Whats installed on your computer?

A full Microsoft stack as you can imagine!  I have several machines at work: three are running Hyper-V to host my repro environments, so around 10 guest VMs each at any one time.  My main tools machine has Office 2010 (OneNote and Lync being my favourite apps), Visual Studio 2008 and 2010, Platform SDKs, DDK, Debugging Tools for Windows, our internal CRM tools, and a loads more.

How are you assisting customers?

Around half of my time is reactive – working on support incidents raised by external customers.  The other half of my time is dedicated to building out our internal and external diagnostics capabilities: tools for data collection, automation of problem identification etc.  The third half of my time is spent mentoring junior engineers and working on business improvement projects.

Are you actively participating in the App-V Community – directly or indirect?

Unfortunately not as much as I would like.  With my work time already over-committed and having four beautiful and active children, I can never find time to maintain a blog, or regularly contribute to other blogs or newsgroups.  However, after resolving a reactive incident I will often promote the solution to a knowledge base (KB) article.  We do track how often our articles are viewed by the public, so I know that my contributions are making a difference (aggregated to >5000 views in the past year).

Since this interview came about after investigating OLE-calls and / or COM-objects – lets transition into that…

 

You assisted in investigating issues – where Excel and other locally installed applications were called from a virtual application, but not started within the virtual environment. Usually the parent process of those applications (excel as an example) was SVCHOST.exe

Can you tell us more about why SVCHOST.EXE starts Excel.exe among several other programs?

First some background: Excel is an OLE server.  OLE is an old technology that allowed you to embed content from different applications into a single document stream – for example if you embed an Excel spreadsheet into a Word document, you could double click the object to start editing the spreadsheet using Excel menus and functions, but whilst still in the Word window.  OLE evolved into COM, which defines a standard way of interfacing with objects.  Excel is a COM server, and Word (or any other application) can use COM to create Excel objects and control them, including what OLE originally enabled.  COM allows objects to support multiple interfaces, and many objects support the IDispatch interface, which allows them to be controlled via scripts e.g. vbscript.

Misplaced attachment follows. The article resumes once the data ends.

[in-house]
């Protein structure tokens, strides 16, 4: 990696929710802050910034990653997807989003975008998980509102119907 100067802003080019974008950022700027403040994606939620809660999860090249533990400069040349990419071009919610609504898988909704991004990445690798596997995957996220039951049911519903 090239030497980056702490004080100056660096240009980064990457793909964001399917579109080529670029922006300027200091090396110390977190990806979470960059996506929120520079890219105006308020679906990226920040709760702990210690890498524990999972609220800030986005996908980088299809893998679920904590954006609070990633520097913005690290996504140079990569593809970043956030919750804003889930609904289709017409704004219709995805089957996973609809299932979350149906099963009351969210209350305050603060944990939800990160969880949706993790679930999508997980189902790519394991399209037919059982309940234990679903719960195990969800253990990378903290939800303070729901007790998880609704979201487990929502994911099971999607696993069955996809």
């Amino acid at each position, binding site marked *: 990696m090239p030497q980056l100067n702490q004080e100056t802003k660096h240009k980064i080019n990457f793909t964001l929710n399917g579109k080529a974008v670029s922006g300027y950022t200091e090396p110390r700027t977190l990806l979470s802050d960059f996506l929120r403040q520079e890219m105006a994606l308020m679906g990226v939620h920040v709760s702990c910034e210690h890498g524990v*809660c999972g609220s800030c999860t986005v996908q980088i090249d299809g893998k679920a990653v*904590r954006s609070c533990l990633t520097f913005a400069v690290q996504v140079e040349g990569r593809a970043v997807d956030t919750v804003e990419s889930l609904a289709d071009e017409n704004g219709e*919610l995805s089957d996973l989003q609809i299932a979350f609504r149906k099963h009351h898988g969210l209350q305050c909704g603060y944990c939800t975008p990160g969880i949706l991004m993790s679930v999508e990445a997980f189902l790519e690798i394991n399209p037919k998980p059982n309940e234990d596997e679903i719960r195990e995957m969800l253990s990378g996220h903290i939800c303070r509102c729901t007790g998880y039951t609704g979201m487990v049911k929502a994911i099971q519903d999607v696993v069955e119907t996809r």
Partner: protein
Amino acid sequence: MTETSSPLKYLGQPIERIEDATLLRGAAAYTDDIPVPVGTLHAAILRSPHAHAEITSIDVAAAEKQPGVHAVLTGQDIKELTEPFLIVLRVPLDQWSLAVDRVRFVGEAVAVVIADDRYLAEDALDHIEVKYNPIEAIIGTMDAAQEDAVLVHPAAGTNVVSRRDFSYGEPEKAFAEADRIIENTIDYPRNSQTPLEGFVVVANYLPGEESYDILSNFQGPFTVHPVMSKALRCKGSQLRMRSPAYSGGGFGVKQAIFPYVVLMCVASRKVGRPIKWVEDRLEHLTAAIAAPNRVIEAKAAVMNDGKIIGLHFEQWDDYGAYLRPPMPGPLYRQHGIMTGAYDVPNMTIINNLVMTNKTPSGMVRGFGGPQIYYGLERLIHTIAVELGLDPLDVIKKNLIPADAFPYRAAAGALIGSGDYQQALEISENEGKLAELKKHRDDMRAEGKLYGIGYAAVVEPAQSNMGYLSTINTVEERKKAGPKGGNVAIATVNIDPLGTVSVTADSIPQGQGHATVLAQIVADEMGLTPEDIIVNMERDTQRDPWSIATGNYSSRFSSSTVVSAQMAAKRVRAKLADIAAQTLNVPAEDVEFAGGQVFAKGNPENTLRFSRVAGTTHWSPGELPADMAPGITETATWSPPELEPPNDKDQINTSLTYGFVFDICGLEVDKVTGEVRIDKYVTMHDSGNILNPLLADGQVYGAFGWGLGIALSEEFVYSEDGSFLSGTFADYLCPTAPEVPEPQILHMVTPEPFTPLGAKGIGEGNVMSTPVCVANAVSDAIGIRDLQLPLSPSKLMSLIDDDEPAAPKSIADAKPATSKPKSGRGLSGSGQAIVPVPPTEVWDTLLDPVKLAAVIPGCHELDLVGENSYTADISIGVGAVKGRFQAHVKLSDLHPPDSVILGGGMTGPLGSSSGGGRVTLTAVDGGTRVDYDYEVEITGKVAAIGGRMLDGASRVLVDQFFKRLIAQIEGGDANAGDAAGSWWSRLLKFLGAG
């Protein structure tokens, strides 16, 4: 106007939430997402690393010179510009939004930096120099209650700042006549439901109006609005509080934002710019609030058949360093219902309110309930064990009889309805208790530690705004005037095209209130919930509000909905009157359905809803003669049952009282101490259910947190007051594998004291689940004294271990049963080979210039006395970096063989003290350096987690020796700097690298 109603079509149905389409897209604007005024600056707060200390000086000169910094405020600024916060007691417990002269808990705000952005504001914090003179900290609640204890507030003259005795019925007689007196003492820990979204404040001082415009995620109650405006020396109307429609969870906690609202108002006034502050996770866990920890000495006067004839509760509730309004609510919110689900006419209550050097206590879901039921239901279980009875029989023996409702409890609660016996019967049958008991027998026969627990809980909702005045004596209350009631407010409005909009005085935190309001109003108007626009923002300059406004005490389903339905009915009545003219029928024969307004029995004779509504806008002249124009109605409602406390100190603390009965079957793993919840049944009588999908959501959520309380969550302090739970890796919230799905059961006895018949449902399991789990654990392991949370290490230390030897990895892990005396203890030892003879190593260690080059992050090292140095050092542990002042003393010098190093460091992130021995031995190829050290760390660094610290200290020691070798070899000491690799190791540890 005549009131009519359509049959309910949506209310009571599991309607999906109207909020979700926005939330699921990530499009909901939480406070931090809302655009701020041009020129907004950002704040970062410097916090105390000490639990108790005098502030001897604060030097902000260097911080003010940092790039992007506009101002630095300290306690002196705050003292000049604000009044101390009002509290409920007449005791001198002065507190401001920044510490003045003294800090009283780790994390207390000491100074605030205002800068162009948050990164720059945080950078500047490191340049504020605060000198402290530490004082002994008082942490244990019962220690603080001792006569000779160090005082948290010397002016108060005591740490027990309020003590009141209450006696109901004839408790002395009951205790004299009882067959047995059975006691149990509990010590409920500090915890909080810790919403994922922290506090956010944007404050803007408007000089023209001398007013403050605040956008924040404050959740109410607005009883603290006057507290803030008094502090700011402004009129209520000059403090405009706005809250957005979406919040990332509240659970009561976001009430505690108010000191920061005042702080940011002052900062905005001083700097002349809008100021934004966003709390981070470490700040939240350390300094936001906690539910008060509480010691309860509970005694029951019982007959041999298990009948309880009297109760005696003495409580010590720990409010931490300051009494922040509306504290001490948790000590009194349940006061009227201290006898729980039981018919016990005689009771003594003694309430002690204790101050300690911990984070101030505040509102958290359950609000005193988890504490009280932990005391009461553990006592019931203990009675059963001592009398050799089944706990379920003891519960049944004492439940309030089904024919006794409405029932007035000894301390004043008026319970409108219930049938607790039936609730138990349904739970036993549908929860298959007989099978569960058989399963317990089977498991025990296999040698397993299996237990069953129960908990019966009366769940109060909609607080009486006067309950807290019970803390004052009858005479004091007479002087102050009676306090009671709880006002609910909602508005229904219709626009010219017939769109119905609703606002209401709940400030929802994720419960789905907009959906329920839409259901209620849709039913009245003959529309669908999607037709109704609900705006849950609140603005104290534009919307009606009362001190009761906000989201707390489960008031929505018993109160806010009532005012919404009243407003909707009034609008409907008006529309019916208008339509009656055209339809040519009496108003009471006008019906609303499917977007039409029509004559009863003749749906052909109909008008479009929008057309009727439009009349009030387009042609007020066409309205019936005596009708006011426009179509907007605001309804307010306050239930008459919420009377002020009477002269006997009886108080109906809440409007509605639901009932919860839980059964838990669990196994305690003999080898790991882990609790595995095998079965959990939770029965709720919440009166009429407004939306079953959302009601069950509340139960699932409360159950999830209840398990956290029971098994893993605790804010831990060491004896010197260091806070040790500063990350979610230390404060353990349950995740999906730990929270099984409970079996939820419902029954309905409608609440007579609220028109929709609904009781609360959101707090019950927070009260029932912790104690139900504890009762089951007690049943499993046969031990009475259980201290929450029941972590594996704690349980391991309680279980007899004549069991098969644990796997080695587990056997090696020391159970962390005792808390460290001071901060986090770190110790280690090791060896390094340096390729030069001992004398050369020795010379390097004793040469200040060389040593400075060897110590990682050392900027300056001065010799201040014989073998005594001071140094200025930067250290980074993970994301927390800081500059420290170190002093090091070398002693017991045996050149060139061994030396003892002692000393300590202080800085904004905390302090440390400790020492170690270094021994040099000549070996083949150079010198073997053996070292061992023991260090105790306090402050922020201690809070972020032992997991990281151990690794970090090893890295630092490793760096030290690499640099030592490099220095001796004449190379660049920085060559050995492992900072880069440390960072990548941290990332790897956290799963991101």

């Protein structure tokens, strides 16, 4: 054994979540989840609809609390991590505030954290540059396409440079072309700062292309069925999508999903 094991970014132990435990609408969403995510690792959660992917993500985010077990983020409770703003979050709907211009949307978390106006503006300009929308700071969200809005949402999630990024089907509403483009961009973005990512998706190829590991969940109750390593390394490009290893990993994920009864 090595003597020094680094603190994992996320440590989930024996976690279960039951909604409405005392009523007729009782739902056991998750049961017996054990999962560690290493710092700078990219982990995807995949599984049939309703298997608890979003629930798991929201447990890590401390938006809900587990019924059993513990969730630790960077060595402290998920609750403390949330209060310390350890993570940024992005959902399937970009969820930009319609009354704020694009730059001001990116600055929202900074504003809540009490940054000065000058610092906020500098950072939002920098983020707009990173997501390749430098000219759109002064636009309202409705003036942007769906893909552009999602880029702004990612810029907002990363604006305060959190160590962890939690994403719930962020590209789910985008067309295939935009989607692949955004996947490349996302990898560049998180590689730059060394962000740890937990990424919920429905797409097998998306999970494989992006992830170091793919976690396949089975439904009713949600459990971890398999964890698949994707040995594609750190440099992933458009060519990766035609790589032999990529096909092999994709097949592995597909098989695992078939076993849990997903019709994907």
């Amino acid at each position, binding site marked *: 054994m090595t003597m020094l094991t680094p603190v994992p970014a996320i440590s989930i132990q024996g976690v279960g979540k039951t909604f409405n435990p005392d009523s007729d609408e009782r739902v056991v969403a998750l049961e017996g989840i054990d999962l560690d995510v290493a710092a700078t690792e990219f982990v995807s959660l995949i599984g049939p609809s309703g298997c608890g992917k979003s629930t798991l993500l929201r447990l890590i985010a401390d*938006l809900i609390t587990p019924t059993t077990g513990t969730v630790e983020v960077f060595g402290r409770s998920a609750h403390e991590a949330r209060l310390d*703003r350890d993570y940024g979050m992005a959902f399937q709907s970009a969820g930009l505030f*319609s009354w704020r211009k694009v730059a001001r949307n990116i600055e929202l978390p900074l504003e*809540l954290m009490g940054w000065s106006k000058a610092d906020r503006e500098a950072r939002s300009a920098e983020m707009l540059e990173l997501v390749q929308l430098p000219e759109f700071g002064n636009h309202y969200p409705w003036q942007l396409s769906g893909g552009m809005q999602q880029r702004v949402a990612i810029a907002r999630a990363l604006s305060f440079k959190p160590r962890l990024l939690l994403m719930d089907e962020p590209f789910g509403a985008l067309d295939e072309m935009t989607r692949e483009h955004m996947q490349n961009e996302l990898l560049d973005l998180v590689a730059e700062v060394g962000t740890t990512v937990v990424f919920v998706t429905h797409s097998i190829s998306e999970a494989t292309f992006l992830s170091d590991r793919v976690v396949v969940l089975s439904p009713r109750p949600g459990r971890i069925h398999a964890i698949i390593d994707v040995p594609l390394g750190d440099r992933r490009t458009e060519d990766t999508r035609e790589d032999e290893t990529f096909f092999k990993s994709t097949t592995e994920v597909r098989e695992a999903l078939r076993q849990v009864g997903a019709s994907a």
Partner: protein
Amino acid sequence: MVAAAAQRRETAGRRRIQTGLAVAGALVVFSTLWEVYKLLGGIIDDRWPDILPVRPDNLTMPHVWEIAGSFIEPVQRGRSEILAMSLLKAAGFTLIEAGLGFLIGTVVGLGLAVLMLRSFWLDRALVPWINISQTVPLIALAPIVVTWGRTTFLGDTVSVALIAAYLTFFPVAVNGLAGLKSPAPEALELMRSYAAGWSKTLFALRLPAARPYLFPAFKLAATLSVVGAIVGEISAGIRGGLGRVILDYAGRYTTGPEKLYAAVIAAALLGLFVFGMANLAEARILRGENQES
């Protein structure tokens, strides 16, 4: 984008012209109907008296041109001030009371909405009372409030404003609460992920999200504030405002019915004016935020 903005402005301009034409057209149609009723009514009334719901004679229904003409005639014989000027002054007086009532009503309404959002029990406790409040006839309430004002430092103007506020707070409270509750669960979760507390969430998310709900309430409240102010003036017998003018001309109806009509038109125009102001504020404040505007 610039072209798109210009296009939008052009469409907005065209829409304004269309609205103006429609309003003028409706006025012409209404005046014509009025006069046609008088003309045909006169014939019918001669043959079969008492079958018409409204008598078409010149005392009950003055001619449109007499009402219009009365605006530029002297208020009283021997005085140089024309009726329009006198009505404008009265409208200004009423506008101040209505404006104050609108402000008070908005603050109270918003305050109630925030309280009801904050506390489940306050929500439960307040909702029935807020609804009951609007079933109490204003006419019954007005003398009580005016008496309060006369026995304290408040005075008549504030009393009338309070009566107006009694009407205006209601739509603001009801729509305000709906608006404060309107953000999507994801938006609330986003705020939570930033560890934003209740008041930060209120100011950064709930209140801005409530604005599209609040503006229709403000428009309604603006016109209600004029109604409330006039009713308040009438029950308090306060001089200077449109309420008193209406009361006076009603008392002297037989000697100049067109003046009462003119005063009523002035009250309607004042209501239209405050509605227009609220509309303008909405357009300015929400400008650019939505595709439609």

COM also defined ways for objects to be created – either within the host process, or in a separate process.  In the early days of Office, it was possible for an embedded spreadsheet to be served (drawn, updated) by an Excel DLL loaded into the Word process.  Nowadays Office is too big and complex for that, and Excel objects are served by an external instance of Excel.exe.  This is called an ‘Out-of-process’ COM object, and the COM server process (Excel.exe) will be usually be launched by the DcomLaunch service, running in an svchost.exe process.

As we know, svchost.exe is not running within the APP-V virtual environment and this can therefore present problems for virtualized applications that use out-of-process COM.  APP-V examines all CoCreateInstance calls inside the virtualized processes, and will launch out-of-process server processes inside the virtual environment in most cases.  Recently we had a case where APP-V was fooled by SAP asking for an in-process Excel object, and mistakenly allowed Windows to handle the activation because the target object (Excel) had a legacy “InProcServer32” and “InProcHandler32” registry entry (i.e. it incorrectly appears to support in-process activation).  In this case Excel was launched by svchost.exe outside the virtual environment.  There are two potential solutions for this problem – change SAP to request an out-of-process Excel object, or delete the “InProcServer32” and “InProchandler32” registry value for Excel.